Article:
by INÊS LOPES [email protected]
Several people across the Algarve are already reaping the benefits of urban agriculture as this new sustainable trend is developing fast under the current economic crisis.
Lagos Câmara has recently joined the urban farming movement with local families now using parcels of abandoned land granted by the municipal authority to cultivate crops.
These are called Hortas Sociais Urbanas (social urban crops).
The Lagos ‘hortas’ are part of a wider project by the Câmara entitled Agricultura Biológica para Todos (biological agriculture for all), which aims to promote biological ways of cultivating fruit and vegetables while educating people about the environmental benefits of their practices.
On March 17 at Parque Dr Júdice Cabral, 28 families joined Mayor Júlio Barroso and other supporters of the project to be presented with their land parcels, which they will be able to use, at no cost, to grow their own crops using environmentally friendly practices.
As part of the initiative, workshops are conducted to teach those interested what is required to grow crops ecologically, promote healthy eating habits as well as use the crops as a money saving opportunity.
The disused plots of land will also be regenerated and maintained by the families, who are responsible for their upkeep and will only have to incur the expense of utilities such as water and electricity but at cost price.
Lagos Câmara Vice-President, António Marreiros, addressed the invitees and began by thanking partners in the project, Algar (Algarve solid waste management company), Biosite (Biological Agriculture and Education Cooperative) and Algarve University.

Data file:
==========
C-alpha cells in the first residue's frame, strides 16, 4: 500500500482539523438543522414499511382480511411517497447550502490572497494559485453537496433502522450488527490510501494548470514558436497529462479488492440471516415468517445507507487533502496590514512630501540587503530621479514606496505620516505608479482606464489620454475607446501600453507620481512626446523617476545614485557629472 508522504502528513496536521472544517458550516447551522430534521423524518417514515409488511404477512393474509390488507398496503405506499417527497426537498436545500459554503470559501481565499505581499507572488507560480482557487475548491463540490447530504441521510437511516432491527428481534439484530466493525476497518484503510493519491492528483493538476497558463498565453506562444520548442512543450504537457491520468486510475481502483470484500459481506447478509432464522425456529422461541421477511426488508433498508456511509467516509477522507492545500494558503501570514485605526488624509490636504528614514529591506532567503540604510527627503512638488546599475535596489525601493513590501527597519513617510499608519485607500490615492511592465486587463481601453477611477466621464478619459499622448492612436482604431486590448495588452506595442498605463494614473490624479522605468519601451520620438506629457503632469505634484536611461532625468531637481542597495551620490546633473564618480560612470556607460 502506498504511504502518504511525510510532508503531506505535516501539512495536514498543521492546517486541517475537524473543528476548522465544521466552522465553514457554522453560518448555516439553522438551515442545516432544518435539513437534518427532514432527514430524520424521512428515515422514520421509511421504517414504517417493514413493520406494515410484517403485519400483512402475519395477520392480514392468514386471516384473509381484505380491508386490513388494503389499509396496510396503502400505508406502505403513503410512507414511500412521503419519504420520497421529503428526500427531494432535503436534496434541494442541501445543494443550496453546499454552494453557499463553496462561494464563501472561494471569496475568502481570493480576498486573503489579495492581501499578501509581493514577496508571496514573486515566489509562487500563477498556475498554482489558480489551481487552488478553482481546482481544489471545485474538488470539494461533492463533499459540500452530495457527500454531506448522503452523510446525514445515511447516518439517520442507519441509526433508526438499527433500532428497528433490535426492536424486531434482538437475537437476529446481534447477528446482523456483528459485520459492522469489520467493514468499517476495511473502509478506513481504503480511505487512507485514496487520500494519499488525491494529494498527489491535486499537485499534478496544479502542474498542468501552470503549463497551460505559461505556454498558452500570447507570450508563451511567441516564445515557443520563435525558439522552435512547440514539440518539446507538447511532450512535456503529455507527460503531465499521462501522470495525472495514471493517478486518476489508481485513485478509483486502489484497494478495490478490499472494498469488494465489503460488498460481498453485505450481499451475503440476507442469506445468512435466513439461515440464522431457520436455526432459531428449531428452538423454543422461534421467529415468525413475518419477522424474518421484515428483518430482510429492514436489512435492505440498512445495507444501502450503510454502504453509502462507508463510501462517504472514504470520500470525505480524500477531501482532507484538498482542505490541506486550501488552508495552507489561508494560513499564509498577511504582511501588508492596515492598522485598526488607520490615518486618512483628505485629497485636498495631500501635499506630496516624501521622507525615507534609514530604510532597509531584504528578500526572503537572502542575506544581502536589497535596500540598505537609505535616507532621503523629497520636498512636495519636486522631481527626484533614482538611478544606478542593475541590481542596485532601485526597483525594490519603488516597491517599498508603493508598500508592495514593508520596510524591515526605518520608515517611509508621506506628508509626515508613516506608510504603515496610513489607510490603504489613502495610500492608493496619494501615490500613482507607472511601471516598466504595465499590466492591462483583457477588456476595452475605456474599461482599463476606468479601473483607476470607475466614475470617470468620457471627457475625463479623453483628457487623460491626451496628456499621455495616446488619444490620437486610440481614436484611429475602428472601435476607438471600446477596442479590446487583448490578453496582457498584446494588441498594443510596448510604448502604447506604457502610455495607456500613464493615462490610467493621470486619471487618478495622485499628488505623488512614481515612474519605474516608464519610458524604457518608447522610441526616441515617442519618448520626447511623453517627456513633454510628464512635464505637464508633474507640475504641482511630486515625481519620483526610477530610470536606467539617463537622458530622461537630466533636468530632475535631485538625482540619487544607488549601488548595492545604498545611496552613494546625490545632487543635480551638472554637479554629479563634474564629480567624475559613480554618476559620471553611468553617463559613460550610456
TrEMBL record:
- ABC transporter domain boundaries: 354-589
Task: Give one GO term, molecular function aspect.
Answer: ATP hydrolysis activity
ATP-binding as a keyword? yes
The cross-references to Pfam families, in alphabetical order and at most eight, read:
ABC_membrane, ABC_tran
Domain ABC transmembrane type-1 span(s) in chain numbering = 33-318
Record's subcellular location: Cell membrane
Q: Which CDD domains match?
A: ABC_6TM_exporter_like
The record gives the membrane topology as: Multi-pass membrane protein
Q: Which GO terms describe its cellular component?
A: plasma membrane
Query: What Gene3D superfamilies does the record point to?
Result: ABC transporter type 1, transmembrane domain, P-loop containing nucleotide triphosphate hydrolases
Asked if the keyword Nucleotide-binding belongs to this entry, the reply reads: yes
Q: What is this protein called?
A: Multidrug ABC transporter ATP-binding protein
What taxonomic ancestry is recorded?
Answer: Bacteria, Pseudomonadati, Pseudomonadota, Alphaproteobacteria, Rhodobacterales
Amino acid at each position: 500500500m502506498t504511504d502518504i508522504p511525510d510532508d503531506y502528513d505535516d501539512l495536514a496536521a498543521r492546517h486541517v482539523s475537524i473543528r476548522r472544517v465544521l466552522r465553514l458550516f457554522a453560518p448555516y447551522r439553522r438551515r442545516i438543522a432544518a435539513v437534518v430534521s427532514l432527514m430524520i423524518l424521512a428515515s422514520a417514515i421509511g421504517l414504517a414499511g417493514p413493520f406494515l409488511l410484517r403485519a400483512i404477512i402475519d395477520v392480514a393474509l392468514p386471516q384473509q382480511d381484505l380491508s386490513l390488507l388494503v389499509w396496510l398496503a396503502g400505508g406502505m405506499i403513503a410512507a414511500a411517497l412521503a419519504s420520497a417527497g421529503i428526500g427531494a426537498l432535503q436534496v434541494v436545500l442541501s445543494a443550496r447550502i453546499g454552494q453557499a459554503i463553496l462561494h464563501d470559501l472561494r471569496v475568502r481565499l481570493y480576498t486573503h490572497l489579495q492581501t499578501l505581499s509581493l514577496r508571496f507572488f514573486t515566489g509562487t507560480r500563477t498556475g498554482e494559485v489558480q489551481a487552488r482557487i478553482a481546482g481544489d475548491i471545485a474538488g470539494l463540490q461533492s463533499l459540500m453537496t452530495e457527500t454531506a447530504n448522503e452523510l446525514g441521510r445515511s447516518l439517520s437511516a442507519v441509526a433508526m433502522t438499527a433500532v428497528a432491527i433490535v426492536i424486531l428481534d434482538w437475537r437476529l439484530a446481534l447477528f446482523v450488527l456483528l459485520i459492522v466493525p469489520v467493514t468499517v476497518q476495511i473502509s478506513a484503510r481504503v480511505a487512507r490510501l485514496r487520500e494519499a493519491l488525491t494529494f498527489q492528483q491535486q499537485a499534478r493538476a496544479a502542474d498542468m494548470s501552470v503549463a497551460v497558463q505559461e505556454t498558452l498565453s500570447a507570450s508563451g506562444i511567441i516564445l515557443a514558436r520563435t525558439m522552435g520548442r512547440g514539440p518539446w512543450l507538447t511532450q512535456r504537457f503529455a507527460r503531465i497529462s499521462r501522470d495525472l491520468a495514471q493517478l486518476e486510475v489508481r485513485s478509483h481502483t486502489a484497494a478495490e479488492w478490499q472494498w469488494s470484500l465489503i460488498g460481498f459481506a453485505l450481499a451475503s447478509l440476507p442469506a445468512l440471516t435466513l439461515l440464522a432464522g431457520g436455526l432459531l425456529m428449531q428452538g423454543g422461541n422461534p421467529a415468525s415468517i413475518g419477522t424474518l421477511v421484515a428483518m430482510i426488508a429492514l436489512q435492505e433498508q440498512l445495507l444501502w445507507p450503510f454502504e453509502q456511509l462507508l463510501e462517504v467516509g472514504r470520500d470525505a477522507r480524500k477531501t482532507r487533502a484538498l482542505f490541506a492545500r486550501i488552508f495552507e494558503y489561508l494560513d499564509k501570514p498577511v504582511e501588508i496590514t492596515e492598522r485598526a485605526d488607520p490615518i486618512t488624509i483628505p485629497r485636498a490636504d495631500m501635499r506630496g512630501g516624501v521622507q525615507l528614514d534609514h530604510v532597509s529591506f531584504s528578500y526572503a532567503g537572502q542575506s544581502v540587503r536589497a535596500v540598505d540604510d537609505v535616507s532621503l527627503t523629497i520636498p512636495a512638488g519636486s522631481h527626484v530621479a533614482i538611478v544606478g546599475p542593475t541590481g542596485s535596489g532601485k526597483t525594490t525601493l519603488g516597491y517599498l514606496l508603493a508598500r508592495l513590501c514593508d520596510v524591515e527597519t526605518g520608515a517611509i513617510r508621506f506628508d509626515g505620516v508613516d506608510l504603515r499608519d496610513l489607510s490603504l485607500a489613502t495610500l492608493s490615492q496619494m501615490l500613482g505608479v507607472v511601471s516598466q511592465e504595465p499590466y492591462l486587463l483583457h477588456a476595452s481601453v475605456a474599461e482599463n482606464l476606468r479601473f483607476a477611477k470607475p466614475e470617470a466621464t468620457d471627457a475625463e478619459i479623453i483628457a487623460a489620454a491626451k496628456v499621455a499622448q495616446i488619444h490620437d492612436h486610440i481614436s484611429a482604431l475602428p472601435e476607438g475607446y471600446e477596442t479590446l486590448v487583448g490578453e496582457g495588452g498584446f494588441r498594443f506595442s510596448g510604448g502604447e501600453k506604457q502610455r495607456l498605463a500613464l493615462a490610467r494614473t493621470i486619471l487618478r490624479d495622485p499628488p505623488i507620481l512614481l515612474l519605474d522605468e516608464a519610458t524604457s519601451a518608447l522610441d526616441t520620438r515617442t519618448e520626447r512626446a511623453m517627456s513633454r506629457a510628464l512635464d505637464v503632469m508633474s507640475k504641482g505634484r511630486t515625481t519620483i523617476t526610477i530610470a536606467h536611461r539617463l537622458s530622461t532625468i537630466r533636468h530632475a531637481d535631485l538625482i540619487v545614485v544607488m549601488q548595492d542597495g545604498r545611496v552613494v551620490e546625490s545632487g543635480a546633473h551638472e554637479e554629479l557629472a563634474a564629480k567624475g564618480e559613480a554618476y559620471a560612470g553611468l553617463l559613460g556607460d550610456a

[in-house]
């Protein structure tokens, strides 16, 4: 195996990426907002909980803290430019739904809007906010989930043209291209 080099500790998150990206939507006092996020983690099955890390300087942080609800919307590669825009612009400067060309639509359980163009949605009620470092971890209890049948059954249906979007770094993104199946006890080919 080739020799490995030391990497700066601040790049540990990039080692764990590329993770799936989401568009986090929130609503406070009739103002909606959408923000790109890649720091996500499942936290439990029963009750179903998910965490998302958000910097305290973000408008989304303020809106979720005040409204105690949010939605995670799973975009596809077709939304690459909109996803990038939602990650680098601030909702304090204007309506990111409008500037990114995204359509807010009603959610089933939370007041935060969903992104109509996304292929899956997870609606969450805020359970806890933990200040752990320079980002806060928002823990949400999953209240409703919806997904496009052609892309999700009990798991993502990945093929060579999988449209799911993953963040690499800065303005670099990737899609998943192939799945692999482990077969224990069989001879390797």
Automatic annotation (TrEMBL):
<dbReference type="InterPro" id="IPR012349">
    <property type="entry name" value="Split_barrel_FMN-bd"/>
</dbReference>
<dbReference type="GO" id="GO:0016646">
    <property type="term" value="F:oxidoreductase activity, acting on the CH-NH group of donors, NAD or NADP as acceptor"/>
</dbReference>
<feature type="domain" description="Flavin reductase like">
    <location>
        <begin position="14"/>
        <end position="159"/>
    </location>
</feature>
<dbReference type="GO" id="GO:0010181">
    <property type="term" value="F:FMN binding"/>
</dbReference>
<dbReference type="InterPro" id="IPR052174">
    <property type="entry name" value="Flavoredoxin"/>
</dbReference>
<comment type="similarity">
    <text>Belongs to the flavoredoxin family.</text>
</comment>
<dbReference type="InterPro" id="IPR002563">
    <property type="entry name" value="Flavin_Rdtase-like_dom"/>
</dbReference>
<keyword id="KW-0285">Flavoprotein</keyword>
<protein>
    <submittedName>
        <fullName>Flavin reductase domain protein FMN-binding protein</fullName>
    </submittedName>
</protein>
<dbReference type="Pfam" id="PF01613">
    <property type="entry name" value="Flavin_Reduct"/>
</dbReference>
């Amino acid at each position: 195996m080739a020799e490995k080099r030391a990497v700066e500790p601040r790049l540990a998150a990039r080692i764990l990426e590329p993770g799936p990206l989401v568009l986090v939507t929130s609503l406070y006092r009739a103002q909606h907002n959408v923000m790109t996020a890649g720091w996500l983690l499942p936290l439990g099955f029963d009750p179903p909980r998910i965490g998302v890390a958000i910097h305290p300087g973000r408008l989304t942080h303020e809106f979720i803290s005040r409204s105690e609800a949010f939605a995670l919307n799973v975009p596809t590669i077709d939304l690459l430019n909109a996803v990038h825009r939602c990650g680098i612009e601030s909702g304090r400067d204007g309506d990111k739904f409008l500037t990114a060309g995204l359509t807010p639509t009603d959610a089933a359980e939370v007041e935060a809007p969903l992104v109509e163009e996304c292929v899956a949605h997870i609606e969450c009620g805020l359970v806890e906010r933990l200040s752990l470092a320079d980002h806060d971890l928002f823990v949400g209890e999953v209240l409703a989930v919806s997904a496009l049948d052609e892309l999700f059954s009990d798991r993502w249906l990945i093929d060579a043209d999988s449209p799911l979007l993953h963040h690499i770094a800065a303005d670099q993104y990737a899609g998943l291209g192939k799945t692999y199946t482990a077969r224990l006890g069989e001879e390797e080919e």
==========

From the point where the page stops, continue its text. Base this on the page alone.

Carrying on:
He said: “The response we have had to our initiative was tremendous and we currently have 20 other families on the waiting list.”
Only those who earn below the minimum wage, receive social benefits, are pensioners or belong to large families can apply to be included in the Hortas Sociais Urbanas project.
Lagos Câmara is now looking at other areas of the council in which to expand the project.
Meanwhile, in the Faro area, another such project is being developed by Glocal association which promotes environmental practices and a global way of thinking but at a local level.
Glocal is encouraging residents to create their own planting areas in suitable places that they may not use, such as windows, spacious balconies and personal gardens. The idea of having more planting beds throughout Faro is something Glocal also feel strongly about.
The association says urban agriculture promotes the growing, processing and distribution of food within the city.
Thus, on the first Sunday of every month, Glocal holds a “swap market” at the Faro Municipal Market, where people can go along and trade items between themselves, including fresh and homemade produce.
To know more about the urban agriculture in Lagos, please call the Câmara on 282 771 700. For more information about Glocal, please call Vanessa Sousa on 916 067 390 or Michael Ferrada on 919 070 032 or visit www.glocalfaro.blogspot.com.